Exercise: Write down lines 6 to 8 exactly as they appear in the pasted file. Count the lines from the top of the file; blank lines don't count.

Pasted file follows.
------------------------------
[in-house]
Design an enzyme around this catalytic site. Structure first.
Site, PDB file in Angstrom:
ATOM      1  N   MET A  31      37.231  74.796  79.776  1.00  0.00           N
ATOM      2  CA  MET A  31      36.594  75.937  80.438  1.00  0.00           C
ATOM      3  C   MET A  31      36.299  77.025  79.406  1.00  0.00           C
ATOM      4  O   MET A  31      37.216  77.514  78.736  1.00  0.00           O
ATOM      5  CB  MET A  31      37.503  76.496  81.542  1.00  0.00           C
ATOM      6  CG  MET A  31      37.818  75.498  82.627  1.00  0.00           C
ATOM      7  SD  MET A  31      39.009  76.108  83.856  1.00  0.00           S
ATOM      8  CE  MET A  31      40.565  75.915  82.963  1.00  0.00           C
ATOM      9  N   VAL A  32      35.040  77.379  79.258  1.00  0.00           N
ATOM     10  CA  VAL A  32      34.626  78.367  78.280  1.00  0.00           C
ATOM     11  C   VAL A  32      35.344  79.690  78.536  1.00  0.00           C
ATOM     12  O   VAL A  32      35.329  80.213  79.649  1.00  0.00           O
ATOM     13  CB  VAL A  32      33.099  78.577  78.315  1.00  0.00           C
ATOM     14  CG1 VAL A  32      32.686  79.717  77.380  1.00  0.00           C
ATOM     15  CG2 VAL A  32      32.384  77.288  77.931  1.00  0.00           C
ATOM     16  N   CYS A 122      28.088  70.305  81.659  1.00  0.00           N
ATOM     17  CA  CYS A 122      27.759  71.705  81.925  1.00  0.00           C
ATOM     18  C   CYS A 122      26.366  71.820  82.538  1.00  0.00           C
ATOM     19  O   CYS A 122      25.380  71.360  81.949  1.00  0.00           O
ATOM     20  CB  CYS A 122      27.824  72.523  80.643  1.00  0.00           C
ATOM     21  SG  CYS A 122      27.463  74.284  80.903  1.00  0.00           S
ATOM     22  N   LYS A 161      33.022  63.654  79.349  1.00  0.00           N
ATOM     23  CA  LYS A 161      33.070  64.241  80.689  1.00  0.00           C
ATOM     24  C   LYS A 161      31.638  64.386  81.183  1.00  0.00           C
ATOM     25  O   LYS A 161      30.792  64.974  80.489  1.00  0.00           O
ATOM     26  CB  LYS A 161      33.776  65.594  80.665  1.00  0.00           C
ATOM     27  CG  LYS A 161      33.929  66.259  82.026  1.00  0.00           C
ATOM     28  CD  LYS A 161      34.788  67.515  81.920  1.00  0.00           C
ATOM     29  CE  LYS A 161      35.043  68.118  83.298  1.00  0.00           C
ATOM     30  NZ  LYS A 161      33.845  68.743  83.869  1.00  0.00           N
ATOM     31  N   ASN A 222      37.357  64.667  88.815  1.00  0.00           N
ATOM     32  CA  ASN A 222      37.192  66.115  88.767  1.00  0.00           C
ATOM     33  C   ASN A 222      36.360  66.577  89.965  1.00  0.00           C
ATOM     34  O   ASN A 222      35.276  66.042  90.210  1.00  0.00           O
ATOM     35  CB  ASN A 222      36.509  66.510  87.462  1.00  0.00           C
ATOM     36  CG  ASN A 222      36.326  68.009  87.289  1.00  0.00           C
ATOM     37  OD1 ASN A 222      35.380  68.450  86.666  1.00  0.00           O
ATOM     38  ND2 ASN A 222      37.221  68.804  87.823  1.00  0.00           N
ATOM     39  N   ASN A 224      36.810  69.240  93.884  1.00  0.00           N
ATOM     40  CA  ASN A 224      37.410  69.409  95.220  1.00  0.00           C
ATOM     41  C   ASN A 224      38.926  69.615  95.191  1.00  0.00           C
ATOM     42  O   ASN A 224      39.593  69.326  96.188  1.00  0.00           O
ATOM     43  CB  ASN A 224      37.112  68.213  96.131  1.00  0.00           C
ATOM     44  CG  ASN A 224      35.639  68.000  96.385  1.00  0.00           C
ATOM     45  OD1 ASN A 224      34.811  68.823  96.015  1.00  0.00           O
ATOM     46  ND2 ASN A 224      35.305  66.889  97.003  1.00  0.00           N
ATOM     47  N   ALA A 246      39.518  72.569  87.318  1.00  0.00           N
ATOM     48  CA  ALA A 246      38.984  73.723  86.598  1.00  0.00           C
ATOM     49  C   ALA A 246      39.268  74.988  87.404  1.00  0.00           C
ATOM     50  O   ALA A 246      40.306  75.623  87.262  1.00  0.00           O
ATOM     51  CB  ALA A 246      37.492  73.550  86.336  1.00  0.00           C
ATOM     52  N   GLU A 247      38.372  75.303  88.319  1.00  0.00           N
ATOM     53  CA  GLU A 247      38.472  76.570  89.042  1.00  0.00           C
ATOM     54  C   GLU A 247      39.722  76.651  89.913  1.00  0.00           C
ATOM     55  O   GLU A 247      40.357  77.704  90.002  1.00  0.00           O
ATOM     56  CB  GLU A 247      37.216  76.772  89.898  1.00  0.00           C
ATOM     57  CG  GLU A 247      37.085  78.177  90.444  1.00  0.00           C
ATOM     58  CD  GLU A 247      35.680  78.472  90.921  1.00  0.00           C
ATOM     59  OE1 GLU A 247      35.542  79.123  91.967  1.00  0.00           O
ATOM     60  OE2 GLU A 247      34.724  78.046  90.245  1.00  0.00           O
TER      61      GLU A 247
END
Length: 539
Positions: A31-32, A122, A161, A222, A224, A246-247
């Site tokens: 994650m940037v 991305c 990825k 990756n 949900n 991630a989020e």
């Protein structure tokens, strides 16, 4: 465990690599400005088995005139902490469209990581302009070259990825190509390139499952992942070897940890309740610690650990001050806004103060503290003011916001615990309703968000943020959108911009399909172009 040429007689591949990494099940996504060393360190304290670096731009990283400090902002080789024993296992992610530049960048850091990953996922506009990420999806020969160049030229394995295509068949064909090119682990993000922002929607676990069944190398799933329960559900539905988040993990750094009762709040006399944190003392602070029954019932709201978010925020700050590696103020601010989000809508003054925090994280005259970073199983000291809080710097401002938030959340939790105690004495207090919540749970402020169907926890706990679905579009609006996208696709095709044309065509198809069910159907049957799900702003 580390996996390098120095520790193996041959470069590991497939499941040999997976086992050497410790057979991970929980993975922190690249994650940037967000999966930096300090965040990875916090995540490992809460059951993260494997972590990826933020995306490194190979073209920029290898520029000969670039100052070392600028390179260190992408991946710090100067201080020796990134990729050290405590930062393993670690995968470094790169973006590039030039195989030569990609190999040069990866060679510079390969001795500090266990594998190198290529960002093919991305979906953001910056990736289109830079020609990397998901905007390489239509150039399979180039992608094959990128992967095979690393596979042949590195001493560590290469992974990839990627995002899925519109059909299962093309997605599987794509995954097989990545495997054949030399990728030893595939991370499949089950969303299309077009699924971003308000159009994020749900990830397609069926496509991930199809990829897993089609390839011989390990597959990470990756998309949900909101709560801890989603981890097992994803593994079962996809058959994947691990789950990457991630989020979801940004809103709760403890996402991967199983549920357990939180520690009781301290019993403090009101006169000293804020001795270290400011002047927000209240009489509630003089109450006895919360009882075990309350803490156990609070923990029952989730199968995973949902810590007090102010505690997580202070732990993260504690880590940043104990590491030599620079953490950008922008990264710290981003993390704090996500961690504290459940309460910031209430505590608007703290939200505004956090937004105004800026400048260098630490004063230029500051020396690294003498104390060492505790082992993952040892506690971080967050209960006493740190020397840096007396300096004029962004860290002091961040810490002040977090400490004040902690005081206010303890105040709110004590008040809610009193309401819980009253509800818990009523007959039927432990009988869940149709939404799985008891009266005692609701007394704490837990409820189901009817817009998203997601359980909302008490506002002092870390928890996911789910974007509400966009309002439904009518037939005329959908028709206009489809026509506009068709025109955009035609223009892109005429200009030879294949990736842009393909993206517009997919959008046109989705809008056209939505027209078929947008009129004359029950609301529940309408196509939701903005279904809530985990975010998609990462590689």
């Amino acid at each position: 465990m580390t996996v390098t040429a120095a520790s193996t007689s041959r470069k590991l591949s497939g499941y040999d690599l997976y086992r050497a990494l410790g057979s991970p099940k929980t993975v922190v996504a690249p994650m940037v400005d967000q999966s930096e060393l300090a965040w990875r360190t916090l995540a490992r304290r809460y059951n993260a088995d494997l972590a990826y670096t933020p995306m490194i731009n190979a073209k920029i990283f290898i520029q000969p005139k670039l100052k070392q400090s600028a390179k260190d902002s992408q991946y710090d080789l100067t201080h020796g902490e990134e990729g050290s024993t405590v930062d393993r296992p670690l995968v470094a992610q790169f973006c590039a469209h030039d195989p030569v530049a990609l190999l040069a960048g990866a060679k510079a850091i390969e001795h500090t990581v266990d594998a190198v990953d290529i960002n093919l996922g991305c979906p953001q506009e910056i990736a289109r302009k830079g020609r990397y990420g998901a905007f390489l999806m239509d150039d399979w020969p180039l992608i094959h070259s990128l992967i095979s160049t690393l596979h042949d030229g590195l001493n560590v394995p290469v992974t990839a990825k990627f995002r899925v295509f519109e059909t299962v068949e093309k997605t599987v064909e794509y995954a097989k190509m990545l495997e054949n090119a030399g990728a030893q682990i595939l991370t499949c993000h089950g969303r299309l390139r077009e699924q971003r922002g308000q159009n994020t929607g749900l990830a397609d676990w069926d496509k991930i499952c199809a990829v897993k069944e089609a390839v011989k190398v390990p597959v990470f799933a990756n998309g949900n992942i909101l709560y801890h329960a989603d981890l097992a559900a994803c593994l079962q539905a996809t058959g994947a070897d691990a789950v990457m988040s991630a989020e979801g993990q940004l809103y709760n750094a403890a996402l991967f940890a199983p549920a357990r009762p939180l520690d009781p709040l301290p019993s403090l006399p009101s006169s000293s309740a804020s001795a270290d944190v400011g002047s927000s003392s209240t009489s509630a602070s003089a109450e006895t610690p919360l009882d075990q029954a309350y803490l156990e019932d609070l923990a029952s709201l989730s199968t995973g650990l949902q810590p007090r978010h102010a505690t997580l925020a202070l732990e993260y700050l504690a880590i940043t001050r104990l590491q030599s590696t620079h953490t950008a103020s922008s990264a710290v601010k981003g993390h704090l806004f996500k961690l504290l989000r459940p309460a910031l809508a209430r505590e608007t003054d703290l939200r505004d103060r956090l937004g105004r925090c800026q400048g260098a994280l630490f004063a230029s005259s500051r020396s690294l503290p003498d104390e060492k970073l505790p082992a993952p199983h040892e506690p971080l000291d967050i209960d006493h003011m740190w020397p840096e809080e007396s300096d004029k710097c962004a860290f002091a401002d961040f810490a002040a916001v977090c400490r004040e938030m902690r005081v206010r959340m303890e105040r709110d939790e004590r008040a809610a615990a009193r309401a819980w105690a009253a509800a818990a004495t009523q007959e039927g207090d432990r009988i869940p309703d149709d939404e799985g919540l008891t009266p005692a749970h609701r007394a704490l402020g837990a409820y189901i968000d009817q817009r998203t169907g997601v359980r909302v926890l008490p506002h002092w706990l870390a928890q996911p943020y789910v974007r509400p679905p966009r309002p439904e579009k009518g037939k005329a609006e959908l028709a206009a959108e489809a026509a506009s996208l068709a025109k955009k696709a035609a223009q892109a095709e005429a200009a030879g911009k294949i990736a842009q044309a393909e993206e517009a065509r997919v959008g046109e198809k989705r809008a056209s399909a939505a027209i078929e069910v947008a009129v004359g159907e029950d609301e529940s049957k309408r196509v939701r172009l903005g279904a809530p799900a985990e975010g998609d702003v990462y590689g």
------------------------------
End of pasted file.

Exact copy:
ATOM      3  C   MET A  31      36.299  77.025  79.406  1.00  0.00           C
ATOM      4  O   MET A  31      37.216  77.514  78.736  1.00  0.00           O
ATOM      5  CB  MET A  31      37.503  76.496  81.542  1.00  0.00           C